Have a bird feeder or bird bath? Heres why Utah biologists may want you to remove it, clean it – KSL.com

SALT LAKE CITY– State wildlife biologists are asking anybody who has bird feeders or bird baths to temporarily eliminate them or tidy if they find any ill or dead birds due to a rising number of ill or dead birds at feeders found in northern Utah.Officials said Tuesday it thinks the increase to be tied to a salmonella outbreak connected to the deaths of many songbirds throughout a number of U.S. states in recent months.Salmonellosis, as it is formally called, is a bacterial disease thats transferred through direct contact. Typical indications of infection consist of ruffled feathers, rapid breathing, sleepiness, weak point, neurological signs and diarrhea.The current uptick in reported sightings of sick or dead songbirds is why department biologists are requesting Utahns who have seen ill or dead birds in their location to temporarily eliminate all bird feeders and bird baths for at least one month and clean them.” We all like to see wild birds come to our feeders, but feeders that are not appropriately cleaned can present more of a threat than an advantage for birds,” stated DWR biologist Adam Brewerton, in a statement Tuesday.Experts from the department stated eliminating bird feeders and bird baths will spread out birds and help slow the transmission of the disease in birds.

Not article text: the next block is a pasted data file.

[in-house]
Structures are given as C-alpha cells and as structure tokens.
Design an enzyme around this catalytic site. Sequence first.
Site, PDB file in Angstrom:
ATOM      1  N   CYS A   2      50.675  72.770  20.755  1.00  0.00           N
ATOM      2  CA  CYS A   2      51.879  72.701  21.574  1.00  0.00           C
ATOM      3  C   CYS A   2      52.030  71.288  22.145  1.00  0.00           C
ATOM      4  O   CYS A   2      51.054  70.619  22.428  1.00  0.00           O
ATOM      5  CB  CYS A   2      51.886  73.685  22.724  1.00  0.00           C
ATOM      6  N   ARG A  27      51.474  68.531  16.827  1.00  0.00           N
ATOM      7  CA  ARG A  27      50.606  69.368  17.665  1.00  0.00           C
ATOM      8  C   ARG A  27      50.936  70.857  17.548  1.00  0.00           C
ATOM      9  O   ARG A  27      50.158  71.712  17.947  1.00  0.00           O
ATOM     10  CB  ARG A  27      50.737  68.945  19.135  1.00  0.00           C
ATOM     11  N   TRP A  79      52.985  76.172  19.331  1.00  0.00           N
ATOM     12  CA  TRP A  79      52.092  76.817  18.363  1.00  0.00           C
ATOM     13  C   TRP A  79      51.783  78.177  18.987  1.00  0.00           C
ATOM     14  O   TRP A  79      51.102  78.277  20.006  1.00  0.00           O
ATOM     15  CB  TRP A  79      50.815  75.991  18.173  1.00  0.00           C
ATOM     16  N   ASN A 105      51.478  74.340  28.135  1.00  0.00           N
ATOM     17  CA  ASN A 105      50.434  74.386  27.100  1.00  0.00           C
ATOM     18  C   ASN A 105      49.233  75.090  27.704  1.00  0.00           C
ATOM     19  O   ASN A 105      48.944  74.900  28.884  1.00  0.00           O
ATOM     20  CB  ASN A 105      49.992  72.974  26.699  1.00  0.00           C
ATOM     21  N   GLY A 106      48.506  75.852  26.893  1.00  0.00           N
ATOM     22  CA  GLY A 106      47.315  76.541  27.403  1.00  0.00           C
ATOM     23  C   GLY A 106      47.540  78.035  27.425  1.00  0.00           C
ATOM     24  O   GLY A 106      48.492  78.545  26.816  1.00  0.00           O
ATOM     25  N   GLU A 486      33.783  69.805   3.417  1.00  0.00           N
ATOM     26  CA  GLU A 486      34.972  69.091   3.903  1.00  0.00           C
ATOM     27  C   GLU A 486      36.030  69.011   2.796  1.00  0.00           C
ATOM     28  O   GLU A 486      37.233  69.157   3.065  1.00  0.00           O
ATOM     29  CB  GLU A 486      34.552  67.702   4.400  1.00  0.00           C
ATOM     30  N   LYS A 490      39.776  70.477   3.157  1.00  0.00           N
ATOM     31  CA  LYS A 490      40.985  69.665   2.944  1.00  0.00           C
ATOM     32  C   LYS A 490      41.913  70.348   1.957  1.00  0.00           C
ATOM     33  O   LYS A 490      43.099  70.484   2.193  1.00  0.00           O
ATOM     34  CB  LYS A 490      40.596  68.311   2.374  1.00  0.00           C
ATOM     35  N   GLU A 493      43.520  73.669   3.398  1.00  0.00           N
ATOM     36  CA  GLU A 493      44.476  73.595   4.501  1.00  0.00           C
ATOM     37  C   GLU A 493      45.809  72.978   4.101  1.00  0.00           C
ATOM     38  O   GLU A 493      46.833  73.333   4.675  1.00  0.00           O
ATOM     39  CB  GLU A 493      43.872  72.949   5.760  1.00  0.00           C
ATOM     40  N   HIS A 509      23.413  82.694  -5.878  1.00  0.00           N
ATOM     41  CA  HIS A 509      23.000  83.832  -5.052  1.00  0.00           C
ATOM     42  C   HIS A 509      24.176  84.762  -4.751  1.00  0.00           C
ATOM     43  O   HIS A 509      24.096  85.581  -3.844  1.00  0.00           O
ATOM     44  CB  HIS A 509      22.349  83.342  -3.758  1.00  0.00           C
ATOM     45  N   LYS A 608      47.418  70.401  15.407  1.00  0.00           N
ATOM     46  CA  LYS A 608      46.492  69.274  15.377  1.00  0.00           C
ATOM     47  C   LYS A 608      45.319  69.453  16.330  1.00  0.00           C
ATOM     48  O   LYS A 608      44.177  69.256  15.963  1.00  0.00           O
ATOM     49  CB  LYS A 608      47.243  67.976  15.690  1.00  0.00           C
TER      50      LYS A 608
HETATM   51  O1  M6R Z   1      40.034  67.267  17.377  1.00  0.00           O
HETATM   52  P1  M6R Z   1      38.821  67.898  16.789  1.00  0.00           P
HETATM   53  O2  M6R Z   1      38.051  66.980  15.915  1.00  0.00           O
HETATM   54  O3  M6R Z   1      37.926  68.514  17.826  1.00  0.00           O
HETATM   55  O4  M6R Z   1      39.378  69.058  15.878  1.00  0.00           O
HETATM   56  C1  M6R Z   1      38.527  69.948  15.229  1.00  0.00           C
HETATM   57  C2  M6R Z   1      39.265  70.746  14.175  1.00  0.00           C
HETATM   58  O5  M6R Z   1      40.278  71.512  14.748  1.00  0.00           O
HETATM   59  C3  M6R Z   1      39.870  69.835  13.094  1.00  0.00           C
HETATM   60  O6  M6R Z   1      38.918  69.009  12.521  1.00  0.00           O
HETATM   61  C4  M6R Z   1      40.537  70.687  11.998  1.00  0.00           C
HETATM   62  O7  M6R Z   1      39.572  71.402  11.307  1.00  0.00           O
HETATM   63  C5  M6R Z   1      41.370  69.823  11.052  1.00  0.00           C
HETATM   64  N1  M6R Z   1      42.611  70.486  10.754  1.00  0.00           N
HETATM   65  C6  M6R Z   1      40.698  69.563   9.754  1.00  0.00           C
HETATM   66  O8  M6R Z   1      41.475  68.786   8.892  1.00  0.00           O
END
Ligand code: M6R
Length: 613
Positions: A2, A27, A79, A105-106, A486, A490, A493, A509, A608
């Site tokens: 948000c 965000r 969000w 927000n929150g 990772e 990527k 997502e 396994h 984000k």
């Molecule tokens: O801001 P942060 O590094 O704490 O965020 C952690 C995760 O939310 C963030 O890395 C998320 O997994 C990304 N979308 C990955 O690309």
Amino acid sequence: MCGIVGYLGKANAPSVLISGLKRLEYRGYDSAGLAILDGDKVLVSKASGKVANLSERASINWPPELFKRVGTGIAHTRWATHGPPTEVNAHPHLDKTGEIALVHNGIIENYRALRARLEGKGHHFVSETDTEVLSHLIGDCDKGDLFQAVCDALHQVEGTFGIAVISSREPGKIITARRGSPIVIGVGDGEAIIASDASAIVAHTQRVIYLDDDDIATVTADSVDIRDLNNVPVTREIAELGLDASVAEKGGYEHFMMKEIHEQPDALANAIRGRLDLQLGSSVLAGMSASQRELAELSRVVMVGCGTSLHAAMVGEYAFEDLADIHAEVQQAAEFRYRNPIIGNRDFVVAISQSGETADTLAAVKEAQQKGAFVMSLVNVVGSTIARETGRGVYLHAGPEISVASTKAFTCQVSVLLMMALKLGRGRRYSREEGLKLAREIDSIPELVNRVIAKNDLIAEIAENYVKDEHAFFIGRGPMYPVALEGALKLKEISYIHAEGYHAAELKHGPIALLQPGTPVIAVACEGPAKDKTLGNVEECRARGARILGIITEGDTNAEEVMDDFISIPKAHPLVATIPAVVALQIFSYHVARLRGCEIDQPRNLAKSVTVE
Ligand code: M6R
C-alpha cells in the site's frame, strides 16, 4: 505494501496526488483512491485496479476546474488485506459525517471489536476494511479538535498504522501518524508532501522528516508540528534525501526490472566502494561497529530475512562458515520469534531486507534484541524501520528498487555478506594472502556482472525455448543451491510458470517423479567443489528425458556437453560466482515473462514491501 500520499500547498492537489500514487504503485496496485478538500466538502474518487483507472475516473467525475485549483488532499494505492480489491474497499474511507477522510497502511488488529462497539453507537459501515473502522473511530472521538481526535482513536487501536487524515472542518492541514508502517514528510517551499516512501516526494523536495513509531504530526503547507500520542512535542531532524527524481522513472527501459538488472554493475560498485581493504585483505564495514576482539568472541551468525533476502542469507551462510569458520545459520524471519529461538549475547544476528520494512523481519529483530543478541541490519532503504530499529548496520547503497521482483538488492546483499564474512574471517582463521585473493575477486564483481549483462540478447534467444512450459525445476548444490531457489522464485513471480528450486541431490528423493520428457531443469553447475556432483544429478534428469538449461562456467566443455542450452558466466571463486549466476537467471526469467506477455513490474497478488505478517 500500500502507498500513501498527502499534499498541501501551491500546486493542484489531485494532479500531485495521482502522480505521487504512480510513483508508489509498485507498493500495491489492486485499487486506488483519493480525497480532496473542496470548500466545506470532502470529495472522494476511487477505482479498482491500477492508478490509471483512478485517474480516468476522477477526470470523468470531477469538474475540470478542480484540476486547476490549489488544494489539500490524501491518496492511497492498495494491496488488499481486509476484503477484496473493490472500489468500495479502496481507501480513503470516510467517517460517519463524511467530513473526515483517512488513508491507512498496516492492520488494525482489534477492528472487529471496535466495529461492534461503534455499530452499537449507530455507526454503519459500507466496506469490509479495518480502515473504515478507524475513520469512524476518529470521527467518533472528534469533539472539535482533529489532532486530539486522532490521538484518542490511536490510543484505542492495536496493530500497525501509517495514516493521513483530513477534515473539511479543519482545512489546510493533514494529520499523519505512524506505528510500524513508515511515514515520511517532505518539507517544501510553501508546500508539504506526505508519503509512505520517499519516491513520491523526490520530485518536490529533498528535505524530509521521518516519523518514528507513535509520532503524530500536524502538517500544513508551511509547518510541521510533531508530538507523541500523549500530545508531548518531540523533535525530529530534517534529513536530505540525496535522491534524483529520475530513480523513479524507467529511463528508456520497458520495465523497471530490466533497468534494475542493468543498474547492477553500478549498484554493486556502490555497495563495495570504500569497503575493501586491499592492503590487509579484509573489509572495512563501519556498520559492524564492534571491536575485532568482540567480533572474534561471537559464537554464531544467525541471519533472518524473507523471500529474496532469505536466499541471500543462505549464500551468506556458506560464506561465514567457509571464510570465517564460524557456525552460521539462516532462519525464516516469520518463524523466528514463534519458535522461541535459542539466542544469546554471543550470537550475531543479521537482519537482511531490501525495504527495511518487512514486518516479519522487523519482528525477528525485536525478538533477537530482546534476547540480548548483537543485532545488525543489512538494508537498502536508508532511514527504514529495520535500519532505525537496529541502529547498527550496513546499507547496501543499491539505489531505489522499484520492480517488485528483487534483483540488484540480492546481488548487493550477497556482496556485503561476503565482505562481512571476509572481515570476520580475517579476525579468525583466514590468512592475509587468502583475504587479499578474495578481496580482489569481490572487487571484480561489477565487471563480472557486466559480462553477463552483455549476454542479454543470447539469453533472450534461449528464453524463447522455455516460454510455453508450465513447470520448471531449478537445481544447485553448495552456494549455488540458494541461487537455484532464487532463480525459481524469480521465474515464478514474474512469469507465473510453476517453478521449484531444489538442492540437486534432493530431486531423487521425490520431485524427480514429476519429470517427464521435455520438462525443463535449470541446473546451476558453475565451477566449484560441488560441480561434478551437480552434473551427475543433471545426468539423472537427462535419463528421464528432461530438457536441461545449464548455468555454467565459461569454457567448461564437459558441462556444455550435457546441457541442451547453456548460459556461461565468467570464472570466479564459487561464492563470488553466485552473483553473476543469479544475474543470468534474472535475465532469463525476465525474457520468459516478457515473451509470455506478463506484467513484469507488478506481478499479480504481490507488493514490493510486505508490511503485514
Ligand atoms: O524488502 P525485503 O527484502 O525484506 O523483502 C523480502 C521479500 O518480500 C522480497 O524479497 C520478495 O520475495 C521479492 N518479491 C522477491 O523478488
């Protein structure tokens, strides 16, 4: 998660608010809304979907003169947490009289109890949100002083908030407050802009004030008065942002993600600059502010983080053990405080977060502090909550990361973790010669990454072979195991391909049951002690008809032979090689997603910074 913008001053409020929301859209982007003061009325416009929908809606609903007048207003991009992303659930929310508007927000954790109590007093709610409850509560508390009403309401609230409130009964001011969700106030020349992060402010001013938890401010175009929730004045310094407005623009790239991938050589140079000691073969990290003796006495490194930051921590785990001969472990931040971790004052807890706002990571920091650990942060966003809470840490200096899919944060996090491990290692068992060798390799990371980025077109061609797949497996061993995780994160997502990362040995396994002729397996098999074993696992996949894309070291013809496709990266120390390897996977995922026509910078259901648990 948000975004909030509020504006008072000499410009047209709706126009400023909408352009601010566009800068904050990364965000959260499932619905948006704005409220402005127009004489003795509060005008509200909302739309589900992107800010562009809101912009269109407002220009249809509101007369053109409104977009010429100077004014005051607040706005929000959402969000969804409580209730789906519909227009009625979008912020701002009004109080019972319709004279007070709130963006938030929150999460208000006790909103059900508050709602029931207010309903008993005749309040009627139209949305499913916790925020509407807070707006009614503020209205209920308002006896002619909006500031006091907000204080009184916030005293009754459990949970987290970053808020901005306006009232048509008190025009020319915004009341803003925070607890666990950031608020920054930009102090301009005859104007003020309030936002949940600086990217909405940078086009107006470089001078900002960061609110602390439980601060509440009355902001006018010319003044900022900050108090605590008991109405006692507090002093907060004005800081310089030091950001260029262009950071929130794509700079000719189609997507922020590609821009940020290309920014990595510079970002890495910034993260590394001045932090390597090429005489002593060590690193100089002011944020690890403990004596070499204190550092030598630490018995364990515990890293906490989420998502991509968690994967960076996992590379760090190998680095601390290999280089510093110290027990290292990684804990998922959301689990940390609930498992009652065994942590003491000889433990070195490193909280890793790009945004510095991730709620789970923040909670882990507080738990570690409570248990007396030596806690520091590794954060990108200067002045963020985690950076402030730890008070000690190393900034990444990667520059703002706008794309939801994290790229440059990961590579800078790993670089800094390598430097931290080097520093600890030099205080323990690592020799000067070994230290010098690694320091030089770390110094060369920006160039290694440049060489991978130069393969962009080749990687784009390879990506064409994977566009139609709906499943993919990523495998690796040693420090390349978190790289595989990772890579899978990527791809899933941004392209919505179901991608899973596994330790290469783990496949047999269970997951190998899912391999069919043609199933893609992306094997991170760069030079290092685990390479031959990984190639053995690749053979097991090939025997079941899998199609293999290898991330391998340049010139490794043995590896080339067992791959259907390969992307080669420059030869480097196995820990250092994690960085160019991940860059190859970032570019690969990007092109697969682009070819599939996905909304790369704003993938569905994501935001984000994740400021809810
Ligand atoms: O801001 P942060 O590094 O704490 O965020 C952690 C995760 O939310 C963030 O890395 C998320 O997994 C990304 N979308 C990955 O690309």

SALT LAKE CITY– State wildlife biologists are asking anyone who has bird feeders or bird baths to briefly remove them or clean if they find any sick or dead birds due to a rising number of ill or dead birds at feeders found in northern Utah.Officials stated Tuesday it thinks the increase to be connected to a salmonella break out connected to the deaths of various songbirds throughout a number of U.S. states in recent months.Salmonellosis, as it is formally called, is a bacterial disease thats transferred through direct contact. Its typically spread through infected feces, according to the Utah Division of Wildlife Resources.Officials didnt specify when the uptick of songbird deaths and health problems started; however, they stated salmonellosis usually affects birds like pine siskins, goldfinches and Cassins finches but can impact any bird that comes in contact with a bird feeder on a regular basis. Typical signs of infection include ruffled plumes, fast breathing, lethargy, weak point, neurological signs and diarrhea.The recent uptick in reported sightings of dead or ill songbirds is why department biologists are requesting Utahns who have seen sick or dead birds in their location to briefly remove all bird feeders and bird baths for at least one month and tidy them.” We all enjoy to see wild birds pertain to our feeders, but feeders that are not correctly cleaned can posture more of a risk than an advantage for birds,” said DWR biologist Adam Brewerton, in a statement Tuesday.Experts from the division said getting rid of bird feeders and bird baths will expand birds and assist slow the transmission of the illness in birds. Its motivated that people use gloves when managing either item.Once got rid of, its encouraged that individuals clean their bird feeders and bird baths thoroughly with soap and water before they disinfect it with 10% bleach option.” Soak it for at least 30 minutes, and after that wash completely and let it dry totally,” division officials wrote. “Clean the location under the bird feeder and get rid of all bird seeds, which might attract birds to the area.” Utahns who spot more than five dead or ill birds in their backyards are encouraged to contact their nearest department office, where authorities may perform illness testing if its happening in a new area.The Utah Division of Wildlife Resources noted outbreaks reported in Idaho, Oregon and Washington over the past few months. Authorities from the California Department of Fish and Wildlife informed KCRA in Sacramento last month that a salmonella break out was also reported in California beginning in December following a rise in deaths of mostly American goldfinches and pine siskins in the Bay Area and Sierra areas.” Our lab files Salmonellosis outbreaks occasionally throughout the winter in pine siskins,” Krysta Rogers, a senior environmental scientist for the California department told KCRA on Feb. 8. “The previous large break out occurred between December 2015 and March 2016.” But its not just biologists in the western U.S. making pleas for residents to tidy bird feeders and birdbaths. The Carolina Waterfowl Rescue in North Carolina likewise reported a break out in the Carolina area, according to WCNC in Charlotte, North Carolina.Salmonellosis break outs of this nature are most often reported in the cold weather and spread out through bird feeders, according to the Cornell Wildlife Health Lab. The lab pointed out that humans and domestic animals can end up being infected by unhealthy songbirds however its avoidable.” Common sense hygiene can protect from human infection: hand washing, preventing eating, drinking or personal care while managing animals or infected devices,” it wrote. × More stories you may have an interest in

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